At the End of the Hour

Earth Hour. And although I would like to look at the brighter side of things — pun intended — I find it increasingly difficult to appreciate a cause that revolves around hype. I am not here to say Earth Hour is nothing but a social movement; on the contrary, I do believe in the cause. The faith I lack is in how people would maintain their commitment to the cause a long time after the lights are back on.

And herein lies the problem: we want to feel part of something that is much bigger than us; we participate, and when it is over, so is the participation. That is not to say that everyone will go back to heavy consumption, but through observation it is safe to assume that when Earth Hour is over, the majority of people will go on like nothing has ever happened. Unless the event coincides with a solar flare that will fry out the grids (and not just read on the news that they might), I hardly doubt many people will go beyond the hour. Just like when a large proportions of Muslims who observe Ramadan and fast all day end up binge-eating after sunset, missing out completely on the concepts of preservation and discipline. Dare I say that the amount of food wasted daily at Iftar around the world can feed a continent for that day? Food for thought.

So how are social causes any different? Yes, it is all nice and fun to be part of something — but where is the belief and the passion that go along with it?

Perhaps, then, wrapping the event around a challenge is actually a good idea; when you commit people to a challenge, they’re more likely to commit to the cause. And in the recent years with everything “going green” trending worldwide, all these green movements are starting to shape up. The fundamental reason behind this is what while the majority of people will go on with their power-hungry lives, those who go beyond the hour are making an impact. They’re spreading the awareness and are becoming role models for other people to follow.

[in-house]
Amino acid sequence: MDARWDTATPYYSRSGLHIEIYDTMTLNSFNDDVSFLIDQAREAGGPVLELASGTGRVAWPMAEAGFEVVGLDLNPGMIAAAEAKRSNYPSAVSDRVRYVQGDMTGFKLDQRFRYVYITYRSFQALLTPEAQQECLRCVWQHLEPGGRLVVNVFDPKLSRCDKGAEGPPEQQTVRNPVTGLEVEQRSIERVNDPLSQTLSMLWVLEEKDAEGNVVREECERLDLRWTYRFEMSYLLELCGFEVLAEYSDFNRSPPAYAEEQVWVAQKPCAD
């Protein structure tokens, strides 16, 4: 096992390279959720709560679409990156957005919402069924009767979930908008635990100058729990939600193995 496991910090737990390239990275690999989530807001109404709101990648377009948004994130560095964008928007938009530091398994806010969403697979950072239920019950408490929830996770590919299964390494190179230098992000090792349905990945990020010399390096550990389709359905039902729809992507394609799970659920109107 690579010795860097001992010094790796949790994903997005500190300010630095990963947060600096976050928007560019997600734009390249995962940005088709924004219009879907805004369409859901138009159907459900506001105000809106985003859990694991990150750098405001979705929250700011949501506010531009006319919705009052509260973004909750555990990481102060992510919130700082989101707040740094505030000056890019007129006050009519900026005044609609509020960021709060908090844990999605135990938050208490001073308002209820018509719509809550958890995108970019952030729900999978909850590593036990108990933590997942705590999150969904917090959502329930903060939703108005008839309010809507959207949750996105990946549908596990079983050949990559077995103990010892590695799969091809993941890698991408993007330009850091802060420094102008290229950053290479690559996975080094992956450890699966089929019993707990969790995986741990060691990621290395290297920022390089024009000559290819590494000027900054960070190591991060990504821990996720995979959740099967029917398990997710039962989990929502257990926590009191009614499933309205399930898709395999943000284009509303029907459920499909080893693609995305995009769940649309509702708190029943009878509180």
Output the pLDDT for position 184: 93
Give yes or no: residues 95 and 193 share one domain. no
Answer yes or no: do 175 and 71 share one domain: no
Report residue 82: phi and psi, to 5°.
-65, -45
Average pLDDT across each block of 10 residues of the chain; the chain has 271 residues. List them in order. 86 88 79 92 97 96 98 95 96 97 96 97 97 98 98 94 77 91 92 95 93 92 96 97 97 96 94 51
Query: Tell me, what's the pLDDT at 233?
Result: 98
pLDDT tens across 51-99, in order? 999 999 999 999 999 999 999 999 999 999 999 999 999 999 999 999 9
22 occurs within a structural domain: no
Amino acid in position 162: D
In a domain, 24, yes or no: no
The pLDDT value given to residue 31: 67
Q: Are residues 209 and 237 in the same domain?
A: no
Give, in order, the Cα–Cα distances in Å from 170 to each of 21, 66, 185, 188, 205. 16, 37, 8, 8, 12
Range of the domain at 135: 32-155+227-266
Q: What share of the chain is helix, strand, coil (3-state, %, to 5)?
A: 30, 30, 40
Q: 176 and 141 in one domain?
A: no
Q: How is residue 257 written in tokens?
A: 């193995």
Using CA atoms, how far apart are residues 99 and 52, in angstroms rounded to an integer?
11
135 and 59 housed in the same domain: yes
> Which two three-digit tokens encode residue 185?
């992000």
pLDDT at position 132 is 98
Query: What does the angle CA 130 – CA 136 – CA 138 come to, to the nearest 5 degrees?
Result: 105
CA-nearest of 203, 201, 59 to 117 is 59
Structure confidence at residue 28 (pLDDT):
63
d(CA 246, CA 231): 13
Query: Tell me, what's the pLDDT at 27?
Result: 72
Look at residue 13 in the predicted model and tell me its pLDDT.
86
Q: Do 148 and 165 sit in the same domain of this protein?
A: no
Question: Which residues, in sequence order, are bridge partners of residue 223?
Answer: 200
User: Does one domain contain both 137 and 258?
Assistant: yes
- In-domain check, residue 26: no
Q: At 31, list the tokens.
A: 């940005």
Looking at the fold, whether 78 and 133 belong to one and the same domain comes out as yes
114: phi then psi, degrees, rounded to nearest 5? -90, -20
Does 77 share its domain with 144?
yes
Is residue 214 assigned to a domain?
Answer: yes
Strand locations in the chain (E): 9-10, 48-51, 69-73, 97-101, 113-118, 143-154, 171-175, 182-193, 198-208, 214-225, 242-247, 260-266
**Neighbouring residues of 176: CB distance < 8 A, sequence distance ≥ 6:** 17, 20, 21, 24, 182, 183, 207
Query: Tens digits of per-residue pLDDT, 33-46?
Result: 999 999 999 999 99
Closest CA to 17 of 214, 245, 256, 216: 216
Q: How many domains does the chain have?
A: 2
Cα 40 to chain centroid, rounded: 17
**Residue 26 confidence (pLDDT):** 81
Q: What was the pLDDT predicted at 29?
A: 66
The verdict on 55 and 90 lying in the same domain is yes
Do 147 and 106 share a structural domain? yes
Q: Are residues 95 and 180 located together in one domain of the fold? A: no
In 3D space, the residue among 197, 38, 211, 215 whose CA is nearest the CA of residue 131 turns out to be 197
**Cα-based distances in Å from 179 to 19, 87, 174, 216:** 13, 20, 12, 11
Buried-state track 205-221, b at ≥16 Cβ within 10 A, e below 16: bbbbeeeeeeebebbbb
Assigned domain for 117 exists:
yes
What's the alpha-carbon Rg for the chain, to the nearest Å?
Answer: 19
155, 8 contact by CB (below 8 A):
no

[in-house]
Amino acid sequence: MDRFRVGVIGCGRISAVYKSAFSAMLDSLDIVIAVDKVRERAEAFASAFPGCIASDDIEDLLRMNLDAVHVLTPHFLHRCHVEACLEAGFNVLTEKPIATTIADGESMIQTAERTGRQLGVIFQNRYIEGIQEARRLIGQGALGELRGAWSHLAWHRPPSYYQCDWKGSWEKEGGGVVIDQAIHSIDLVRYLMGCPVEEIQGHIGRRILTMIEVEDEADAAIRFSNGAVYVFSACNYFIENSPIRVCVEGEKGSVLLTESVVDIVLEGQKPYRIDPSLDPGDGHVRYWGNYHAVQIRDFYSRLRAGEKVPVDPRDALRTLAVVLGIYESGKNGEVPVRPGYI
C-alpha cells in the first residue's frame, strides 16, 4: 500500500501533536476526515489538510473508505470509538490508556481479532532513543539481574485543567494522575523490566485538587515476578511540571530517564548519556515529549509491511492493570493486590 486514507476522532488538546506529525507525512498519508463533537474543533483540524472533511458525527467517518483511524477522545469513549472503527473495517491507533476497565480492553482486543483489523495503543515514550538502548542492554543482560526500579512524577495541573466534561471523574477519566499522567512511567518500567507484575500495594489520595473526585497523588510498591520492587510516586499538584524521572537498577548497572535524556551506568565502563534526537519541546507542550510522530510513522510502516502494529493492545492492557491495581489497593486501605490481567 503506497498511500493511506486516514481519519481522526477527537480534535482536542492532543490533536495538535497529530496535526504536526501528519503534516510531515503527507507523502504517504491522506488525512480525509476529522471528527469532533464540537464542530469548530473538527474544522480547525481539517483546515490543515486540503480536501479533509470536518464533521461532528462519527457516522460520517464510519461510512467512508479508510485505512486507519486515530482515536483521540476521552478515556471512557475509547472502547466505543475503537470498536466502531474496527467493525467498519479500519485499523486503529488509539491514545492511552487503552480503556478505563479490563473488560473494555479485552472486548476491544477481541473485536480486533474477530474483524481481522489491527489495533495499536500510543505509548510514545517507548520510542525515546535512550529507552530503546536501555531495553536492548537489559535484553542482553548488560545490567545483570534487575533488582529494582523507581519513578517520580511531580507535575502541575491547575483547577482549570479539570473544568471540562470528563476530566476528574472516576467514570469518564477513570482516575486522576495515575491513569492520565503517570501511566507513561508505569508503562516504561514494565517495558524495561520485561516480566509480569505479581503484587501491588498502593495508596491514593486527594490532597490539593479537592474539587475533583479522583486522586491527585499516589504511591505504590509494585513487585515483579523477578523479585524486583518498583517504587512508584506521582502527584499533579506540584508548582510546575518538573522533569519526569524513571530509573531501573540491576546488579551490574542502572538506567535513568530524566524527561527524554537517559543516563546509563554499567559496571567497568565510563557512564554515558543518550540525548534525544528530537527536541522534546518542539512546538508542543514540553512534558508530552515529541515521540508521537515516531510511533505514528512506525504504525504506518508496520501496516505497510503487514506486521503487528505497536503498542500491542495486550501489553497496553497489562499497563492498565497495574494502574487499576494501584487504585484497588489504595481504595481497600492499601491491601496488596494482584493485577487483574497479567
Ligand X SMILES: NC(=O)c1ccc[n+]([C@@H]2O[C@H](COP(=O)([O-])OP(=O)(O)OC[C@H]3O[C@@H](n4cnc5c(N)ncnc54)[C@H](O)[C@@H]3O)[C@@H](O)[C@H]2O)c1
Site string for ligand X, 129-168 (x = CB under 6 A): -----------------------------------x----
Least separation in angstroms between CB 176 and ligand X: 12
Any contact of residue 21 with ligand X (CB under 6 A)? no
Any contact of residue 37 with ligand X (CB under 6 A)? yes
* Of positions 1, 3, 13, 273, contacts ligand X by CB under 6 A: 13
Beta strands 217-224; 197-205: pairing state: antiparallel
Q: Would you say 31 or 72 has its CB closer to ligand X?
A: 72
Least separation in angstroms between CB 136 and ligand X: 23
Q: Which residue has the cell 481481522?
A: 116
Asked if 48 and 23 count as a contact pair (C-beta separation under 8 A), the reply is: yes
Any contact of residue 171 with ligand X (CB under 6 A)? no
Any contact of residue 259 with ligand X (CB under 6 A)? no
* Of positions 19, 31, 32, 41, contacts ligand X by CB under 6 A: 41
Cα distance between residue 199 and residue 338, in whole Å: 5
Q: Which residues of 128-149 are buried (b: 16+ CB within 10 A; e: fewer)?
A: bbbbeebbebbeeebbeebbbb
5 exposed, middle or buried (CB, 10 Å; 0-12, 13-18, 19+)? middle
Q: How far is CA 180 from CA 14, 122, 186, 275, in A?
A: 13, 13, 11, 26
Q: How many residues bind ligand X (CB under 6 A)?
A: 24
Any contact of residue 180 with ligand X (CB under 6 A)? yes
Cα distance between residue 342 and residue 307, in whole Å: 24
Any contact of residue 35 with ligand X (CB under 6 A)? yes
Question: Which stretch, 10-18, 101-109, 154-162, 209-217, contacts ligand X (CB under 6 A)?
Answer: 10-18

The underlying principle here is not necessarily “saving the planet”; it’s about discipline in consumption. Let it be power or water  or food or whatever resource. Earth is truly finite. Our lives are finite. Every single aspect of our lives is composed of fleeting moments. Why is it when the water is cut off, we manage to brush our teeth and do the dishes and other things with a bottle of water, whereas when it’s flowing out of the tap, we’re opening the tap all the way?

Earth Hour — and most other things like it — are not just an hour-a-year social movement; they’re habits. So make conservation, and discipline, your habit.

Shifting Paradigms

It’s almost 1 AM, and I sit at my desk at loss of words for what I want to write. A maelstrom of thoughts storm in my mind, leaving me confused and battered as the ebbs of the day sail me to long hours of introspection. This is not a post for me to talk about these political movements that are shaping our world. Nor am I going to talk about how, every day, I feel there is something bigger out there for me to do, to discover, and to shed light on. This time, there will be no rants about nonsense that bothers me every day. And there will be no talk on the meaning of life or uncovering The Truth.

And I won’t sit here and talk about how terribly hypocritical I feel about going to eat sushi in Dubai when my own parents in Syria probably have little to go by on (and they’d never say). I won’t talk about how many times I’ve cried reading the news and how many texts and phone calls are beings written and made to make sure my friends and family are OK. There is really little point in expressing how difficult it is to go to work every day, to study, to go to gym, to do some photography work, and pretend and live life as though nothing is going on, because life is going on for me as it is for everyone in Syria and Palestine and every place in the world where a rocket falls.

Complaining about how little time there is to get anything done and have time for myself is something I’ve discussed many times and still fail to grow the balls to say “no” to things and pay attention to myself. And talking about all the “inconveniences” of life is really just arrogance because there are a billion things I forget to be thankful for and all these “inconveniences” are imposed or self-imposed perceptions.

Saying “sick and tired” and being sick and tired of being sick and tired really will not solve anything.